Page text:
The Paula Gordon Show
Seeing Beneath the Seas

     There's nothing wrong with people using what lives in the sea, according Carl Safina, but there's something terribly wrong with people using the oceans up. Safina's a scientist and one of the growing number of voices sounding an alarm that the abundance and vitality of the world's oceans is at serious risk. We're treating the ocean like it's the last buffalo hunt, Safina says, fishing down and fishing out the coastal areas of the world.

      Carl Safina is respected world-wide as a scientist. He is an adjunct professor at Yale University, founder of the National Audubon Society's Living Oceans Program, which he directs. Safina's book, Song for the Blue Ocean, is being compared in importance to the dire news Rachel Carson delivered in Silent Spring decades ago.

      Ordinary people, world wide, are beginning to pay the price in lost jobs and cultures, lives ruined, land destroyed and wild creatures disappearing in record numbers as we plunder the seas and coastlines of the world. In the United States alone, depletion caused by overfishing costs $8B and 300,000 jobs a year.

      It's OK to be selfish about this, according to Carl, who says he eats more seafood than anyone he knows. If we don't begin to protect the wild creatures of the sea, they won't be there to eat. That goes for tuna and salmon, swordfish and sharks and a host of other ocean wildlife. And aquaculture won't solve the problem. Unlike cabbages which grow on sunlight, fish still eat fish, even when they are grown in captivity. Energy inefficiencies, habitat disruption, pollution and displaced local people accompany much of the world's attempts at aquaculture.

      There are people pointing the way out of today's dilemmas. They're Carl's heroes. They are struggling, he says, but not unrealistically. He sees us making inroads. 1997 was declared The Year of the Reef by the United Nations, 1998, The Year of the Ocean. In the U.S., we now have the Sustainable Fisheries Act . There's currently a lot of pressure to do away with provisions of the Act before they're phased in, but getting it passed at all would have been politically infeasible only five years ago. Politicians are beginning to realize that depleting species is not just an "environmental" issue, it also costs money and jobs. Lots of jobs.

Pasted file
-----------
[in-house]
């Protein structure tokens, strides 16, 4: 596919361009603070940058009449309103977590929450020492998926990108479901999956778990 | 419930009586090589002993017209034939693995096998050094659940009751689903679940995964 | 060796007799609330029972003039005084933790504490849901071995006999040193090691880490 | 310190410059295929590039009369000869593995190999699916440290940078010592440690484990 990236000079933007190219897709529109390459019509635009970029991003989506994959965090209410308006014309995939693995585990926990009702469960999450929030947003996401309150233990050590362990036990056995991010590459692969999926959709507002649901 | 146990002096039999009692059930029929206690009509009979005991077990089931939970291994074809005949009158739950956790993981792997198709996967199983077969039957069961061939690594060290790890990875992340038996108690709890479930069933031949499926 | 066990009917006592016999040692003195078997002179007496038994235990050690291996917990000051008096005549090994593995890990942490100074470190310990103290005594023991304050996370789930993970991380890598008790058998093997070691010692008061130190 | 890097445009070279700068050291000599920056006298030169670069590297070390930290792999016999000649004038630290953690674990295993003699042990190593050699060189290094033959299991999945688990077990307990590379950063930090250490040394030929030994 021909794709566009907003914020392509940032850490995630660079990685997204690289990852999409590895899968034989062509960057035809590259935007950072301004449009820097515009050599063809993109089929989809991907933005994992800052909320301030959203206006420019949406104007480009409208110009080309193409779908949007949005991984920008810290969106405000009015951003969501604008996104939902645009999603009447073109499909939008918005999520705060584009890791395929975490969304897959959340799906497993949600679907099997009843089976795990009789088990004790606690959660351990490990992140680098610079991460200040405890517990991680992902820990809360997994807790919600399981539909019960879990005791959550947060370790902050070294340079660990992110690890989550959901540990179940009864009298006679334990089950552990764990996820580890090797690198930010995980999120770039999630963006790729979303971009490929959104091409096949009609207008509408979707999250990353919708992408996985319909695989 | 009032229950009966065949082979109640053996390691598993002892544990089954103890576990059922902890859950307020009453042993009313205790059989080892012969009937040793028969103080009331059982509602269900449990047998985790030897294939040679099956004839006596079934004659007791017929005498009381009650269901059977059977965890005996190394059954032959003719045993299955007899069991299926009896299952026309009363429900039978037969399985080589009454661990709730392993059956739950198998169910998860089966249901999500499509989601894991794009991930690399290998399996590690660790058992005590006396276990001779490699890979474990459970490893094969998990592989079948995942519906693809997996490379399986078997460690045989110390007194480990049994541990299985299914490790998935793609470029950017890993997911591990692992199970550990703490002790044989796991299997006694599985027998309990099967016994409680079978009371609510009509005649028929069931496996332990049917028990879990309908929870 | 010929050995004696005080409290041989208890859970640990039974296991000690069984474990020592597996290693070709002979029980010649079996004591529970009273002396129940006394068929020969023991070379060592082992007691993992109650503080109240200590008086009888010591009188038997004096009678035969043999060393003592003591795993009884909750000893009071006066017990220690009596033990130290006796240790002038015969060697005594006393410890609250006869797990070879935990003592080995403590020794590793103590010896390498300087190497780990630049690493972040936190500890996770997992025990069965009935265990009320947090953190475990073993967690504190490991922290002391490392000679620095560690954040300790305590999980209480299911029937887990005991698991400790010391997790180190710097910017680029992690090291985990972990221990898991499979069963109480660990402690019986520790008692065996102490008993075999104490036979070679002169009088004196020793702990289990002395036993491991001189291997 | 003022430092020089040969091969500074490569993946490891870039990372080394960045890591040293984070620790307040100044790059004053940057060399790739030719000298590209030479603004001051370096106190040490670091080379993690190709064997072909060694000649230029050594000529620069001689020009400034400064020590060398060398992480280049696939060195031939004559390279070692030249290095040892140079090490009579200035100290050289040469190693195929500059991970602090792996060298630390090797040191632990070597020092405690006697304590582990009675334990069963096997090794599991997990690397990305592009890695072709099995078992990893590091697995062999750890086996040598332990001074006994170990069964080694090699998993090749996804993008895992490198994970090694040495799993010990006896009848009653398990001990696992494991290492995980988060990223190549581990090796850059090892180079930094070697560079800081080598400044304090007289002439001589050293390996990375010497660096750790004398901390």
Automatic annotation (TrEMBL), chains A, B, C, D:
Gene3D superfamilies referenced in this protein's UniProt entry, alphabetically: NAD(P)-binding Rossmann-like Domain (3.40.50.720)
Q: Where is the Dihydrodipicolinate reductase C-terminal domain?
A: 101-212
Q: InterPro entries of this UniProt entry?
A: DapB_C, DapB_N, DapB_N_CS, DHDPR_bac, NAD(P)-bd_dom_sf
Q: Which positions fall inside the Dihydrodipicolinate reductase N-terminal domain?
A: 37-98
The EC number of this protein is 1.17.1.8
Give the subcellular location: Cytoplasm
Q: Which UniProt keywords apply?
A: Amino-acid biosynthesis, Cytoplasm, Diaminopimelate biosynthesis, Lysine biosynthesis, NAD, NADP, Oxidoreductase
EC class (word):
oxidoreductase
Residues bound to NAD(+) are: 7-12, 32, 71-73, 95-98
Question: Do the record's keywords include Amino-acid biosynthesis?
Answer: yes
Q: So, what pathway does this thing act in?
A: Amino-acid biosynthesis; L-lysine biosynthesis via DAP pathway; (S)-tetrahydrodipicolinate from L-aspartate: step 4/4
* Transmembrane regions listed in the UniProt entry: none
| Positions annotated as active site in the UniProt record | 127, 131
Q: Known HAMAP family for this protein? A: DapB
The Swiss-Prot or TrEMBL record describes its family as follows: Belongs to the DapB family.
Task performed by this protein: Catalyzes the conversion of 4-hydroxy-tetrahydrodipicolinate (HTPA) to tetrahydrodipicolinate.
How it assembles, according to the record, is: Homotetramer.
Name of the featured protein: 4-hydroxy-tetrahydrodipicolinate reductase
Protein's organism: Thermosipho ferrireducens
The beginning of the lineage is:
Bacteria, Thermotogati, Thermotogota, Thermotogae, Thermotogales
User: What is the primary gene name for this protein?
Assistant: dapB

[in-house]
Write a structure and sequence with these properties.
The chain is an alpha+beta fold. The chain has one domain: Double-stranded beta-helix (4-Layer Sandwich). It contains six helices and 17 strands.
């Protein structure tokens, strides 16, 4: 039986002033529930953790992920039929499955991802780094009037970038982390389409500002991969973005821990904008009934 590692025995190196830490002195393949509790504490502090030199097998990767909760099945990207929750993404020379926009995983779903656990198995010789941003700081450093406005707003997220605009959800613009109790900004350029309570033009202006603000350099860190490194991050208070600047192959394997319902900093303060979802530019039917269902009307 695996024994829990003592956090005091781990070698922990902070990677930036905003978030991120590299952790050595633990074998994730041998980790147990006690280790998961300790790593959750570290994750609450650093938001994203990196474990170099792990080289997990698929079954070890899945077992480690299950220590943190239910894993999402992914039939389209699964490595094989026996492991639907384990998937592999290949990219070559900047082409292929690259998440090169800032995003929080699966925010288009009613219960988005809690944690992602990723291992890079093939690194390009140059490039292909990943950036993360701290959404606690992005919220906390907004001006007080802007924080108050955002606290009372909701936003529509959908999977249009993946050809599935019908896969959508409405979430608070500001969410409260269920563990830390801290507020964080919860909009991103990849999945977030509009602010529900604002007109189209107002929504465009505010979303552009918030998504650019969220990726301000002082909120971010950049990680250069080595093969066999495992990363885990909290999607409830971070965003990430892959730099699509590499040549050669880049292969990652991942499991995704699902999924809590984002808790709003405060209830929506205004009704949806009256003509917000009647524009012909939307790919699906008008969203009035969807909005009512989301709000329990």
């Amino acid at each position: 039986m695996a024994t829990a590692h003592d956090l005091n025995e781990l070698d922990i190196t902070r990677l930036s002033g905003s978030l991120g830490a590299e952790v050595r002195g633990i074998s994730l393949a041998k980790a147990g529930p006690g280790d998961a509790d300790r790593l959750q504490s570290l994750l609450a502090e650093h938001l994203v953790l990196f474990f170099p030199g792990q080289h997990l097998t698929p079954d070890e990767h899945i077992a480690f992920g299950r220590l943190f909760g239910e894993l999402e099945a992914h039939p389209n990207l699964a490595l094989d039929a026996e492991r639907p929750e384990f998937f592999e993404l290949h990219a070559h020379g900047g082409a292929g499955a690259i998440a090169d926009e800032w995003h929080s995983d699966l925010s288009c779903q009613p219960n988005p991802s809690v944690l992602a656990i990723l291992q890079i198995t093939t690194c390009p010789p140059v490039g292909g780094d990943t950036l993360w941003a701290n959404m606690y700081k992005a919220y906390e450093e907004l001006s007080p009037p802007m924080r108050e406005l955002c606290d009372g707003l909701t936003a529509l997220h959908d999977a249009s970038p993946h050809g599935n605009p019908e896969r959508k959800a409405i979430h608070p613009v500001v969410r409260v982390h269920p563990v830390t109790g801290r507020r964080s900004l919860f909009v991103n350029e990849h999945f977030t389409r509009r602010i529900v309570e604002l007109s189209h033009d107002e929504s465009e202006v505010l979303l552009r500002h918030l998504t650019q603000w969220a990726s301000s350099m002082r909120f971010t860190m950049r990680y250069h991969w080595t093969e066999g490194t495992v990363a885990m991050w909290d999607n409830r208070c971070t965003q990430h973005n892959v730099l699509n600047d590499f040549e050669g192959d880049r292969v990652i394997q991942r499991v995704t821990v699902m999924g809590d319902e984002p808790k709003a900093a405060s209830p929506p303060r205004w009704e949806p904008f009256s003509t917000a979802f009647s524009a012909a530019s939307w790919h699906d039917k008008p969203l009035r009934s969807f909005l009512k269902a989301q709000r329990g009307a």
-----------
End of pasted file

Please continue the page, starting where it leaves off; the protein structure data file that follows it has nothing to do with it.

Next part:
Carl Safina has encountered alarming realities along the world's coasts and beneath the seas. He's described what happens when humanity is viewed in a business context, rather than business in a human context. The informed public will respond once they see beneath the surface of the world's oceans, he insists. So he carries on. We have to have hope, he contends. If we don't have hope, we're hopeless. And hopeless, for Carl Safina, is simply not an option.

Carl Safina

      ... founded the Living Oceans Program at the National Audubon Society, which he directed until founding Blue Ocean Institute. An internationally regarded scientist, he is an adjunct professor at Yale University, served on the Mid-Atlantic Fisheries Management Council, the Smithsonian Institution's Ocean Planet advisory board and the World Conservation Union's Shark Specialist Group. Carl is an avid fisherman who eats lots of seafood.


Conversation 1

Carl Safina tells Paula Gordon and Bill Russell the all-encompassing affects humans have had on our planet during the 20th century, including the grim reality that we've fished down and fished out a lot of the coastal areas around the world. He tells us what scientists have known and the informed public is coming to know about struggles to restore the oceans' abundance. He explains why we have been slow to think of fish as wildlife.